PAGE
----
Video of the day

Bizarrely captivating.  Via Kottke.

Map of the day

From a series at Vox showcasing the water problems in the American west.  It just kills me that everybody has way higher water usage out there because they are trying to grow nice green laws in the desert.  Ummm, grass is not meant to grow in the desert.  When I lived in Lubbock, Texas, (not a true desert, but semi-arid) otherwise sane people seemed not to be when it came to their need to match all their neighbor’s nice green laws.  As in Cary, NC, the Greene home was characterized by dead grass (the problem here is way too much shade) as I was not willing to waste a bunch of water on it.  Anyway, here’s the map:

(The Hamilton Project)

Chart of the day

I love that David Goldenberg at 538 analyzed the most popular animals for each letter in children’s books (e.g., d is for dog).  And the winner, Z is for Zebra over 90% of the time.


This was particularly noteworthy for me as Dr. Seuss’ ABC has always been one of my favorites “Rosie’s Red Rhinoceros” “Ten Tired Turtles” “Camels on the Ceiling” etc., but I hate how it ends… “What begins with Z… I do.  I am a Zizzer Zazzer Zuzz as you can plainly see.”  The whole rest of the book is pretty much real, but silly things (e.g,. the quacking quackeroo is a duck) and then we get this fantastical creature when we should have had a zebra!  Maybe Dr. Seuss just wanted to be different given the dominance of Zebras.


Quick hits

1) The zeppelins of WWI

Although the zeppelin was embraced by both the Germans and the Allies during World War I, the Germans made far more extensive use of the rigid, hydrogen-filled airships. The concept of “strategic bombing”—targeted airstrikes on a particular location—didn’t exist before the conflict. The advent of aerial warfare changed that, and also robbed the British of the protection afforded by the English Channel. The zeppelin allowed Germany to bring the war to the English homeland. Kind of.

2) Parenting as a Gen-Xer:

It struck me recently, after one of my quiet carpool rides, that my generation of parents – we of the soon-to-be or recently 40 year old Gen X variety, the former latchkey children of the Cold War and an MTV that actually played videos, former Atari-owners who were raised by the the Cosby Show and John Hughes, graduated high school with the kids from 90210, then lumbered through our 20s with Rachel, Ross, Chandler, Monica, Phoebe, and Joey and flip phones – is perhaps the last to straddle a life experience both with and without the Internet and all its social media marvels.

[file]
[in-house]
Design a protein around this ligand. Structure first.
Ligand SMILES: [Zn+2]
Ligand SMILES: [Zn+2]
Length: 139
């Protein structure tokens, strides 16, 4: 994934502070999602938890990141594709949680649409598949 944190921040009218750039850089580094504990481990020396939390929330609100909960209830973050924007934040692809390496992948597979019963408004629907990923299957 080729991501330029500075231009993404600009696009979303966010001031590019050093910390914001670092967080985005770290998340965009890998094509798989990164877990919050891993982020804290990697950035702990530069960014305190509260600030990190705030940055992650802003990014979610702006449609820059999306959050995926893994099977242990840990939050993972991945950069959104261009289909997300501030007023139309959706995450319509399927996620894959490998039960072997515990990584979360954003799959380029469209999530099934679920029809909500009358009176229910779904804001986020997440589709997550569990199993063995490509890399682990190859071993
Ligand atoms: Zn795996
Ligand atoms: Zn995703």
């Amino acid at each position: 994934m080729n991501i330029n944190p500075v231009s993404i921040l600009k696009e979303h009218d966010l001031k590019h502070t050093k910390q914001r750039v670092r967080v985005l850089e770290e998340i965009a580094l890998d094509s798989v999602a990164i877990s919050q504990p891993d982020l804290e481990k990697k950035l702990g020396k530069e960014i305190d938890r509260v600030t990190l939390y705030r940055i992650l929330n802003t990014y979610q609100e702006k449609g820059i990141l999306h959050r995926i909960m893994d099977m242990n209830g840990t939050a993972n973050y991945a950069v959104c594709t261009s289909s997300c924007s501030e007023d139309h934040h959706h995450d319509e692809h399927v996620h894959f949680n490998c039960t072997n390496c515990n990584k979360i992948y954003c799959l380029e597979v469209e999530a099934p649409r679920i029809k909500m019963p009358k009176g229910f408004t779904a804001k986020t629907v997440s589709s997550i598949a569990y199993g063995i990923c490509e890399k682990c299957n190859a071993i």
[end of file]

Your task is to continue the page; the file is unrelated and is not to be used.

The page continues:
3) EJ Dionne on NC politics.  And a WSJ piece on how NC politics increasingly resemble those of Virginia.

4) Eating octopus?  No thanks.

5) Jon Chait with an interesting essay on the value of playing football.

6) Are Alabama Judge Tom Parker’s ideas the key to dismantling Roe v. Wade?  I suspect not, but it is disturbing to think about somebody with his ideas (forget the Constitution– the real version– it’s all about God– Parker’s version) serving as a judge.

7) Maria Konnikova on social media and the Dunbar number

Dunbar did the math, using a ratio of neocortical volume to total brain volume and mean group size, and came up with a number. Judging from the size of an average human brain, the number of people the average person could have in her social group was a hundred and fifty. Anything beyond that would be too complicated to handle at optimal processing levels. For the last twenty-two years, Dunbar has been “unpacking and exploring” what that number actually means—and whether our ever-expanding social networks have done anything to change it.